What is our primary use case?
We build all our websites (of which we have multiple, from production sites to development environments), through webpack, so we use NGINX to quickly host them, while easily binding to the relevant (sub)domains. Our entire service stack runs on Linux. Our most challenging part was to run an older PHP website reverse-proxied through NGINX. That was not fun.
How has it helped my organization?
NGINX isn’t itself a productivity tool, but rather a cog in the engine of a solid service stack. In a way, it's the same as adding RAM to a PC. While you don’t necessarily feel the new improvement, you’ll definitely know when it’s gone.
What is most valuable?
Our primary use for NGINX is as a Web server, so that’s where we derive the most value. Recently, we’ve needed to deploy sites over a number of servers to balance the load, which was not only painless but also super valuable.
What needs improvement?
We used the standard tried-and-tested features of NGINX. Everything is done through the CLI over a secure connection and there have not been any issues or additions to our wish list.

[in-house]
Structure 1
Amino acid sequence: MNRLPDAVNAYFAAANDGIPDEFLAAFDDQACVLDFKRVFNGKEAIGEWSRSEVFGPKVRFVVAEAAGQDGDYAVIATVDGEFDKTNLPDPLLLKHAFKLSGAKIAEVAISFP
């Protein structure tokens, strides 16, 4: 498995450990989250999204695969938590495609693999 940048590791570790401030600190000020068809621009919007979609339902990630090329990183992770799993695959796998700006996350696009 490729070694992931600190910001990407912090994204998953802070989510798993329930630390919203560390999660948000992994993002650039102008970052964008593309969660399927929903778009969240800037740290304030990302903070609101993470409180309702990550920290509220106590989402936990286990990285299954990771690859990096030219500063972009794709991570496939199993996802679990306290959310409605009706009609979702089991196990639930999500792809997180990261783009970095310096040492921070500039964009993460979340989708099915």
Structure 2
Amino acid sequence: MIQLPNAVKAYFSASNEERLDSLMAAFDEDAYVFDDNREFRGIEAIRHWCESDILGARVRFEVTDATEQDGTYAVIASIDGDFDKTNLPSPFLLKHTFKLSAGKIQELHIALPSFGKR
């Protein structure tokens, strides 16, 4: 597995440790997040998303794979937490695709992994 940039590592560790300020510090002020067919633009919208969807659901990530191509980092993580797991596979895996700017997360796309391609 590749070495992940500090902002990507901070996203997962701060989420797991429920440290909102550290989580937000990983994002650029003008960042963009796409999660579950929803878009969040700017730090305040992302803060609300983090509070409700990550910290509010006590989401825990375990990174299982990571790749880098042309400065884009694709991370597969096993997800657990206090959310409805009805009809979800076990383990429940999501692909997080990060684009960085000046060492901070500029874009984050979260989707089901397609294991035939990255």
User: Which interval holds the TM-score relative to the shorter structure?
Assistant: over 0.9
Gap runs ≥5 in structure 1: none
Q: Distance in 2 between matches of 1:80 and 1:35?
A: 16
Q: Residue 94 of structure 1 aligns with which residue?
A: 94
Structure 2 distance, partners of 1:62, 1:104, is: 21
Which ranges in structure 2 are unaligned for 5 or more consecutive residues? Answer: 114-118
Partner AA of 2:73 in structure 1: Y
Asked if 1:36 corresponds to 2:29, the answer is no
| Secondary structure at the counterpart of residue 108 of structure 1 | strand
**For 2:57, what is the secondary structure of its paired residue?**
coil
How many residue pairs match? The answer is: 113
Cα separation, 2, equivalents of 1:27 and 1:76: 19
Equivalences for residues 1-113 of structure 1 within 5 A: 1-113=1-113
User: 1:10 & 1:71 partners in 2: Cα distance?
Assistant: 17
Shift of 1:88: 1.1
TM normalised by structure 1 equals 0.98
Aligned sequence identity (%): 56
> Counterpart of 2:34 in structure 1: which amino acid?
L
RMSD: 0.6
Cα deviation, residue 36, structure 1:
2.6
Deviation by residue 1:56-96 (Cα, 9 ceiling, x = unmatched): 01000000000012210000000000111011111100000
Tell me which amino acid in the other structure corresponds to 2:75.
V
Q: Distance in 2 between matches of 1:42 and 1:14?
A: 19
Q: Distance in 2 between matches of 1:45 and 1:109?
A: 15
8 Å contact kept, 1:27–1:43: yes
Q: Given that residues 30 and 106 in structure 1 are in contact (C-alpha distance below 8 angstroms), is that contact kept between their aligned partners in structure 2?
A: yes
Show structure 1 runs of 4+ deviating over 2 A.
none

For how long have I used the solution?
One to three years.
What do I think about the stability of the solution?
NGINX has an amazing developer base which ensures amazing stability.
What do I think about the scalability of the solution?
We’re only just getting into the scalability side of things, so no issues yet.
How are customer service and technical support?
Never needed technical support (which speaks for itself).
Which solution did I use previously and why did I switch?
We tried to use some "golden bullet" solutions but we never needed most of their features (like a built-in database environment). NGINX is a direct way to satisfy a specific need.
How was the initial setup?
This was installed on an Ubuntu system. The setup and deployment is well documented which lead to creating an easy hosting environment.
Which other solutions did I evaluate?
The idea of using other lightweight solutions, or a native Ubuntu Web server, was completely overshadowed by NGINX.
What other advice do I have?
Support the developers and the product, they’ve worked really hard to give you something you’ll always be satisfied with. First, set up a free environment and see your limitations, and then pay for what you need.
Always do a setup and test on a small (possibly in-house) server. Work out all your kinks and processes, then deploy it to a production environment. Having something like docker helps immensely.
I rate NGINX a 10 out of 10. Really, the only other options are native solutions that are either super convoluted or don’t have the needed features.